Blaze Foley has long been celebrated by the Austin music community as a master songwriter. At the time of his murder in 1989, Foley (real name Michael David Fuller) was little known outside of Austin’s renegade songwriter circles.  In recent years, Blaze’s reputation has rightfully grown.  Lucinda Williams’ “Drunken Angel” and Townes Van Zandt’s “Blaze’s Blues” are personal tributes to Foley that have added to a legacy that was once nearly forgotten. 

                   Portrait by Robert Hurst

Foley's songs have been covered by Merle Haggard, John Prine, Lyle Lovett and countless others.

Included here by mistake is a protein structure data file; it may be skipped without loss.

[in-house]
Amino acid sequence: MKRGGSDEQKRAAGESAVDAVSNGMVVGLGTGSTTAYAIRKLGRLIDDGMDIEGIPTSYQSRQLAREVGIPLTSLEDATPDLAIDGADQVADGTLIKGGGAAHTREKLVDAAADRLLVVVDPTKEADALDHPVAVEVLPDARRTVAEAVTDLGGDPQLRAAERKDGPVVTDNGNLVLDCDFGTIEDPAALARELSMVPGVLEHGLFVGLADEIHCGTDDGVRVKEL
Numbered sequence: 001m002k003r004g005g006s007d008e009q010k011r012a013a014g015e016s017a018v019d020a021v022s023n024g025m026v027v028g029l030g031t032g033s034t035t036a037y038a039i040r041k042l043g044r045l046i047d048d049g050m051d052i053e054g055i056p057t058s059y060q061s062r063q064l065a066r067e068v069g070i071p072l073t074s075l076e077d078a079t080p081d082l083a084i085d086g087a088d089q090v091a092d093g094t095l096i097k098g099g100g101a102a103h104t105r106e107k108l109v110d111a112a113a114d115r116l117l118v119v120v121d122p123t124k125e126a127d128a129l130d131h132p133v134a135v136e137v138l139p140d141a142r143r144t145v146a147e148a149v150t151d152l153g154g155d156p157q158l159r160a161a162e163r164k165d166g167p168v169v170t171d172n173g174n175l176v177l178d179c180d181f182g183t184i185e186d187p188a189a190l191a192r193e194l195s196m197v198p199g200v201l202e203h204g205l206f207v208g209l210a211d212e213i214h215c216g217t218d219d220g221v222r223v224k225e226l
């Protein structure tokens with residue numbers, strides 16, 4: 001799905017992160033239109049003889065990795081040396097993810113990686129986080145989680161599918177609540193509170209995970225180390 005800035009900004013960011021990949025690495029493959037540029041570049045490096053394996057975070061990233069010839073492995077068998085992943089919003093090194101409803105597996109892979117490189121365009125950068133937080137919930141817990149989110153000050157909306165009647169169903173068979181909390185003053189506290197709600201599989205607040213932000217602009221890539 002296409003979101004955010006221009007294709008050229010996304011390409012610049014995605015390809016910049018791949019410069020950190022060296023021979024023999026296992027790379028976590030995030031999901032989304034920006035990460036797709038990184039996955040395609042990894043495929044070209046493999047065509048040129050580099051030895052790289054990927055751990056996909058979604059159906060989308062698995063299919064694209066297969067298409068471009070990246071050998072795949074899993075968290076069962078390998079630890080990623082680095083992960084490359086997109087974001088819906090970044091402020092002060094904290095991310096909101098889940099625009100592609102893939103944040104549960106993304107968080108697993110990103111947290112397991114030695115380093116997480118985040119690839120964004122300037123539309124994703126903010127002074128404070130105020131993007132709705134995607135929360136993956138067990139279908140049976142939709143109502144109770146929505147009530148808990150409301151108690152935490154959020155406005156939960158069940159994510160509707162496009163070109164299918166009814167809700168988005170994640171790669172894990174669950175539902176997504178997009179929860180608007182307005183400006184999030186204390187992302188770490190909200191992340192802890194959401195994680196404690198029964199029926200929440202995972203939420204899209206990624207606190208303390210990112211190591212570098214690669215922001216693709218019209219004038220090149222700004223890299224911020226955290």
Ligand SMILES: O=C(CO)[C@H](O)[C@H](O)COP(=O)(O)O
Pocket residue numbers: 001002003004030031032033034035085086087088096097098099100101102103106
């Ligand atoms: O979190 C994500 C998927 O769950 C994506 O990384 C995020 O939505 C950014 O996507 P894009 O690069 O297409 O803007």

Born in Arkansas in 1949 Foley started performing at an early age his families’ gospel act called the Fuller Family.  He led a colorful and storied life. Even in Austin, a city of non-conformists, Foley stood out.   He slept on friends’ couches or on the pool tables in clubs.  Periodically banned (if only temporarily) by many Austin clubs, he made the Austin Outhouse his surrogate home.

Above all, Foley is remembered for the stark honesty of his songs.  They tapped emotions so deep, they sometimes reduced his lumbering frame to tears while performing.   From aching love songs to provocative political commentary, Foley’s songs reflected his uncompromising artistic vision.

The Rise & Fall of Blaze Foley
By Joe Nick Patoski

“The Duct Tape Messiah” Larry Monroe’s Article on Blaze’s Death

Derelict in Duct Tape Shoes by Michael Corcoran

Blaze Foley My Space Page

Steve-O’s Blaze Tribute Site

Blaze Tribute Site